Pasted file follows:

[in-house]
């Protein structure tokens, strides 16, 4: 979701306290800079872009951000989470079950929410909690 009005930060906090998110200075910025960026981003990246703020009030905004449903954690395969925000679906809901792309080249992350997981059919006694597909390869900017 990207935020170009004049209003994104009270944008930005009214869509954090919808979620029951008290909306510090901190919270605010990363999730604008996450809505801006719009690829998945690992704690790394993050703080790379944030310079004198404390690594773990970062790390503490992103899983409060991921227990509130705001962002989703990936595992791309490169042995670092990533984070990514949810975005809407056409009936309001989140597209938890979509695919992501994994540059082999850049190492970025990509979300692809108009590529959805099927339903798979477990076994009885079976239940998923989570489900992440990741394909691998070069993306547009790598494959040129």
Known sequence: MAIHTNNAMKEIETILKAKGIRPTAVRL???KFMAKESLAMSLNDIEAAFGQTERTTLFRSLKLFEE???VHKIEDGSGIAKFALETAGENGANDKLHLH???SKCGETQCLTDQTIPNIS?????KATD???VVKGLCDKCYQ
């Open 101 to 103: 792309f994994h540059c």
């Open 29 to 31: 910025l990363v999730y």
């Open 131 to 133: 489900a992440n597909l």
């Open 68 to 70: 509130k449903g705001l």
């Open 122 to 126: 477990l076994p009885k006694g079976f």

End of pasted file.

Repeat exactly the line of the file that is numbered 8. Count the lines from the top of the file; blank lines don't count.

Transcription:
């Open 122 to 126: 477990l076994p009885k006694g079976f």